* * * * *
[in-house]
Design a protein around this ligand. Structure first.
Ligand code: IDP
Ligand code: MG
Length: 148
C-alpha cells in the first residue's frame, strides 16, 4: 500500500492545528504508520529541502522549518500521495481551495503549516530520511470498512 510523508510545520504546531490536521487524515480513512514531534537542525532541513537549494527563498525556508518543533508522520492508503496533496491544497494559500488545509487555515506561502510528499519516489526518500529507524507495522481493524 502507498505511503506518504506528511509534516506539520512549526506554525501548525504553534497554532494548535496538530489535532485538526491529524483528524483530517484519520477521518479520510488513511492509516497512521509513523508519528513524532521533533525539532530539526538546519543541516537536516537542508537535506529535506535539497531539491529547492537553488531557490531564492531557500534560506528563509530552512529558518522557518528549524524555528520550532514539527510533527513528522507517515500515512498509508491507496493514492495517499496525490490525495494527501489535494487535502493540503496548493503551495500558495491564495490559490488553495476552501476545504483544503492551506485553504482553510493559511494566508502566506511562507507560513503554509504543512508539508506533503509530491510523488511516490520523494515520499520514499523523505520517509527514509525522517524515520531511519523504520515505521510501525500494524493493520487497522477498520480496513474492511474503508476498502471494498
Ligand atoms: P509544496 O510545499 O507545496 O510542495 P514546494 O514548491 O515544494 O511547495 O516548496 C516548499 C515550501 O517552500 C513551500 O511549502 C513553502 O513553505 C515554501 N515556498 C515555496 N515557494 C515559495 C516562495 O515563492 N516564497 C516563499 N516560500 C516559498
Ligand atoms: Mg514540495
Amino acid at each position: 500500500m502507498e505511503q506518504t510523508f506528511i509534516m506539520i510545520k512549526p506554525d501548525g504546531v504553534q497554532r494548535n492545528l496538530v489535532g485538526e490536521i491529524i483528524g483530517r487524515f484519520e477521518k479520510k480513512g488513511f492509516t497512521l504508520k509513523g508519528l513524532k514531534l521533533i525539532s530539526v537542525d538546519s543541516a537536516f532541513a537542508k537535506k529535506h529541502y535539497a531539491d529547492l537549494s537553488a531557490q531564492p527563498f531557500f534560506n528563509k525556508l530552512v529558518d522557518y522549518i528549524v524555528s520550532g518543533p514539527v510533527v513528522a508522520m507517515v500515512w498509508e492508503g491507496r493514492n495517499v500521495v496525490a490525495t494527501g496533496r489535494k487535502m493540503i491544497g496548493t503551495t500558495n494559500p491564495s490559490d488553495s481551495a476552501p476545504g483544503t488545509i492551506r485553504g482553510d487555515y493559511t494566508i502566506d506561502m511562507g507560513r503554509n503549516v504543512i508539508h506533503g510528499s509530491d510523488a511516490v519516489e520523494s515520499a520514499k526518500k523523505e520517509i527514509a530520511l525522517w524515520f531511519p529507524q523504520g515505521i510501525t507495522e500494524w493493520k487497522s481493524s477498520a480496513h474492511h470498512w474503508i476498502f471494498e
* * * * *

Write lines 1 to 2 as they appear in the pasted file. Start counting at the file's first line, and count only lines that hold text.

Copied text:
[in-house]
Design a protein around this ligand. Structure first.